illustration of a scarlet ibis cradling a boy's body

The Scarlet Ibis

by James Hurst
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In "The Scarlet Ibis," what words indicate that the story will come full circle at the end?

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I assume your question refers to the foreshadowing that exists in this excellent short story that indicates the end of the tale. Foreshadowing can be defined as the way in which the author plants or places careful clues or hints about what is going to happen later on in the tale and by so doing increases the suspense. If we examine the beginning of the tale there are plenty of indications about what is going to happen to Doodle and his fate. Note the way that Doodle's father had a coffin built for him and also the comment that the narrator makes about the naming of Doodle:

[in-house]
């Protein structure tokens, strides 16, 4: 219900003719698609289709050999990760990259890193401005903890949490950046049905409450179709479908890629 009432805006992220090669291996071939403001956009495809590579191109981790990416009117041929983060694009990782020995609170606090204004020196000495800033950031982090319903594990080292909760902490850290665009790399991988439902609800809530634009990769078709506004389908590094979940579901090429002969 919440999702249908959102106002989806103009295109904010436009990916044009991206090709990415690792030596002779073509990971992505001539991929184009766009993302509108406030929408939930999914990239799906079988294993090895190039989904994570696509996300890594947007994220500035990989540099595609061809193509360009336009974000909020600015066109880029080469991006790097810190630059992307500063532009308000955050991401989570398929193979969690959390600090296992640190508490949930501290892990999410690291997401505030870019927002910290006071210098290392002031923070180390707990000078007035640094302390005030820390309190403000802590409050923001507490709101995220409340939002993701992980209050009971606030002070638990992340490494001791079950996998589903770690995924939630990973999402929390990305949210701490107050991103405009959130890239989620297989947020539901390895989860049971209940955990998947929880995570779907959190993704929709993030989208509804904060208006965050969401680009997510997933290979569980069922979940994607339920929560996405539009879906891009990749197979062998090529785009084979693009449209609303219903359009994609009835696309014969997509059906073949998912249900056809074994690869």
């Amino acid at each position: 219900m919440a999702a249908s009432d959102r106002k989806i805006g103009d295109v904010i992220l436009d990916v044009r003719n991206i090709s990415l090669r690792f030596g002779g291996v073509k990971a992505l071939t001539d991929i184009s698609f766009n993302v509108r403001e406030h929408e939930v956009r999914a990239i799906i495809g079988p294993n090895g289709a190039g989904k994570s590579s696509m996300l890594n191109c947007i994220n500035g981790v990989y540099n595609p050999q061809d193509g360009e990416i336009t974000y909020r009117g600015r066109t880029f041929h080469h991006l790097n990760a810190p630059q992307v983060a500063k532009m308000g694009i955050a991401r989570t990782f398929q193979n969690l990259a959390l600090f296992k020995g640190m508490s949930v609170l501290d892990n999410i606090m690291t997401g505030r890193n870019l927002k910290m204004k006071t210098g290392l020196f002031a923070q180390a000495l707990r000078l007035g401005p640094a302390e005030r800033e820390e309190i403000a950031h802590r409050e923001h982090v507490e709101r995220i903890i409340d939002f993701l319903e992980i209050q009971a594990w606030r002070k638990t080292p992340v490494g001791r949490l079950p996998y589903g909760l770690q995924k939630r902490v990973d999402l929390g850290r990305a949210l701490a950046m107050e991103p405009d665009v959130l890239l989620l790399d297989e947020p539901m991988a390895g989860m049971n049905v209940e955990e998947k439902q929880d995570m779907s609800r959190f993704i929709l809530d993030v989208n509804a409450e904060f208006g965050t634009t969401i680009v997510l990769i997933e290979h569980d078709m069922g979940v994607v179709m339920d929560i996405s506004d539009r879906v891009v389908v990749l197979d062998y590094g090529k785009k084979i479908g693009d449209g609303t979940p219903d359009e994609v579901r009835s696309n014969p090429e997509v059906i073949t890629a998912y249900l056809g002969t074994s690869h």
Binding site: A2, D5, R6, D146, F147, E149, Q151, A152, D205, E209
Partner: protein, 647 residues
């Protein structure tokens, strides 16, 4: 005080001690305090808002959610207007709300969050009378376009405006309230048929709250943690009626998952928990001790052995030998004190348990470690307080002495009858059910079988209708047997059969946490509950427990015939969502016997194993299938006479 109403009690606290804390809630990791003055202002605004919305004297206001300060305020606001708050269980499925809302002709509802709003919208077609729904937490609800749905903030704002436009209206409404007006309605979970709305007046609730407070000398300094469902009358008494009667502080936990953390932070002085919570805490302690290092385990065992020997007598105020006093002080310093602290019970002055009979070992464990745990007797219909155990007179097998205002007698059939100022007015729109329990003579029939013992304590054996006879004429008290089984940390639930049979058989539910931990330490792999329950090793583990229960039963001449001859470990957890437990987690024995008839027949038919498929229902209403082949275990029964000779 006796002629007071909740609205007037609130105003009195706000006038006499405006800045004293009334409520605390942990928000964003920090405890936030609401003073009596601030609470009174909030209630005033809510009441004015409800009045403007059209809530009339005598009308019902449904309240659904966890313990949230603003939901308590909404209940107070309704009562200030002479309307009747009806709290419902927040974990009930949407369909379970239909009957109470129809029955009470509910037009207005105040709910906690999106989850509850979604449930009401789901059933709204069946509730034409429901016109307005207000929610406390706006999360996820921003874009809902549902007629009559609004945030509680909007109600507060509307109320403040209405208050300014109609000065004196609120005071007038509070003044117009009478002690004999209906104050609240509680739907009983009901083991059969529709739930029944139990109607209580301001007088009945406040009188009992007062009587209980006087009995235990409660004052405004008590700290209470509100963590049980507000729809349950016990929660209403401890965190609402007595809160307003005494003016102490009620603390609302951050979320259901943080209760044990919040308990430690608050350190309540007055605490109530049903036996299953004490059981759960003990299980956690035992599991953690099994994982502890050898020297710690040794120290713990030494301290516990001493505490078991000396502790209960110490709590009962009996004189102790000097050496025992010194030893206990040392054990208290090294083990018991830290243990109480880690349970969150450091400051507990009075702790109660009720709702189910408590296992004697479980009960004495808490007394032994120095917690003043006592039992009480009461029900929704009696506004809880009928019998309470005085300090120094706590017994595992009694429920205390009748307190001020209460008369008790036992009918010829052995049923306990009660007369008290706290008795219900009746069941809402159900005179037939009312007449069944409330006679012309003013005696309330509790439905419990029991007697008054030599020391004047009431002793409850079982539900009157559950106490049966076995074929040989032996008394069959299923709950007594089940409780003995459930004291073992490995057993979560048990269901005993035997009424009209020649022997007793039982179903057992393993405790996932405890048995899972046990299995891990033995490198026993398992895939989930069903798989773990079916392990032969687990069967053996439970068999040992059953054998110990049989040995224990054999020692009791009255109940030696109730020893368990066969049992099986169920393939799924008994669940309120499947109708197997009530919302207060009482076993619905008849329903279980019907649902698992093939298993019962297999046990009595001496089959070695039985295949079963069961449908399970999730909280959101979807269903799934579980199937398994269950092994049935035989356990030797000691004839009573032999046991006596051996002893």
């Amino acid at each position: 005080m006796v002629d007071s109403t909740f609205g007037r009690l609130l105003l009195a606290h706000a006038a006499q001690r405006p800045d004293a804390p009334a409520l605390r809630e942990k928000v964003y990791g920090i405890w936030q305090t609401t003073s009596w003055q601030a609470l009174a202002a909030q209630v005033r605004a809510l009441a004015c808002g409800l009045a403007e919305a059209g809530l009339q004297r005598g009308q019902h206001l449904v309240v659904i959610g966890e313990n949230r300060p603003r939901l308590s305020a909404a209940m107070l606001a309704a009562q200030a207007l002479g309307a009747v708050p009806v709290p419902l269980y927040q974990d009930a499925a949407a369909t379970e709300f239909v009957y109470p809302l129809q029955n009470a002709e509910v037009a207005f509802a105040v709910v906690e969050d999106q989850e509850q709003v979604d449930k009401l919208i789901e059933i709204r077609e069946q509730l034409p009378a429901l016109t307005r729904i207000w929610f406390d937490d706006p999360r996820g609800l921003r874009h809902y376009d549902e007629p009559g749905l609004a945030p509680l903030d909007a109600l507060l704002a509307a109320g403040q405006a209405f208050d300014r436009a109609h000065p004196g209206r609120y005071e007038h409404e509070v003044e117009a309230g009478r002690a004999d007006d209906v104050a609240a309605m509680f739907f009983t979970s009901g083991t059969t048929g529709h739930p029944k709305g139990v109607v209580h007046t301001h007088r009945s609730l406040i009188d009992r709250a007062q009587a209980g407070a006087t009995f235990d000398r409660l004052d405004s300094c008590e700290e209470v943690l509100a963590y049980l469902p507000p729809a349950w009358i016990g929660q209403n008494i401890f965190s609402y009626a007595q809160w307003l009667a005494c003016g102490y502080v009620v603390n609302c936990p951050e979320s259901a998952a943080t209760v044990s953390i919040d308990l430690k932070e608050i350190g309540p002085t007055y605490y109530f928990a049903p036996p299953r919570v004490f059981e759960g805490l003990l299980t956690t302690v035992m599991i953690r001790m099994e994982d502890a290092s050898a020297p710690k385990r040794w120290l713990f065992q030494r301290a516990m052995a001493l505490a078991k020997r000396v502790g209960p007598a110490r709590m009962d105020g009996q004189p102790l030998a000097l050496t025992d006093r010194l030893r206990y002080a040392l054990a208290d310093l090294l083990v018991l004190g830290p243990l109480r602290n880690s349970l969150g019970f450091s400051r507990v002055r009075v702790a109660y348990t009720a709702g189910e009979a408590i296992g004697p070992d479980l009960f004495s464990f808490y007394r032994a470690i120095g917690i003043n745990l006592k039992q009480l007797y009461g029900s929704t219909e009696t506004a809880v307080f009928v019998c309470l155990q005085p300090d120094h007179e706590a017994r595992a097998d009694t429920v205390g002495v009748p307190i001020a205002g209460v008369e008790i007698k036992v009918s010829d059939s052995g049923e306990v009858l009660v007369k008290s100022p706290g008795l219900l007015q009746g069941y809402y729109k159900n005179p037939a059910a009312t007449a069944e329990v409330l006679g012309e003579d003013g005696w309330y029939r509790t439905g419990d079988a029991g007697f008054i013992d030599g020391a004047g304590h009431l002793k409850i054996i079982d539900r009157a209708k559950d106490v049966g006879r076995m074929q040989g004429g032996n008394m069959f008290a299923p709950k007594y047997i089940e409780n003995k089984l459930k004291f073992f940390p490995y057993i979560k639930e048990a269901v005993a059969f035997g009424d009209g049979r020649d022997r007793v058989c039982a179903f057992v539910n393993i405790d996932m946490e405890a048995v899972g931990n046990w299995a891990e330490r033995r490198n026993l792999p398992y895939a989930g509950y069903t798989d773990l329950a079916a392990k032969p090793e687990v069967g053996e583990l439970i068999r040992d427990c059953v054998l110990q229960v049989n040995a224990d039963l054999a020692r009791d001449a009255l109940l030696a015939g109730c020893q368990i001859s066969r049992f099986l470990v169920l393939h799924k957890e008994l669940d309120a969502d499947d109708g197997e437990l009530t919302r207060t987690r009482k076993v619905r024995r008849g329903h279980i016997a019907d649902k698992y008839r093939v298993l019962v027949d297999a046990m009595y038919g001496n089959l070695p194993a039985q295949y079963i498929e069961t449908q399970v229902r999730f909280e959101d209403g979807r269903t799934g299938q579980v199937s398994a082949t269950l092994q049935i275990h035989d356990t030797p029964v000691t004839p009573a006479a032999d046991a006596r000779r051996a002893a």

They named him William Armstrong, which was like tying a big tail on a small kite. Such a name sounds good only on a tombstone.

Both of these examples of foreshadowing thus in a sense point towards the early death of Doodle at the end of the novel, and this sense is strengthened by the appearance of the scarlet ibis, that Doodle feels a strange kinship with, and that the narrator uses to compare his brother with. Both Doodle and the scarlet ibis are rare and exotic creatures who clearly don't belong where they are.

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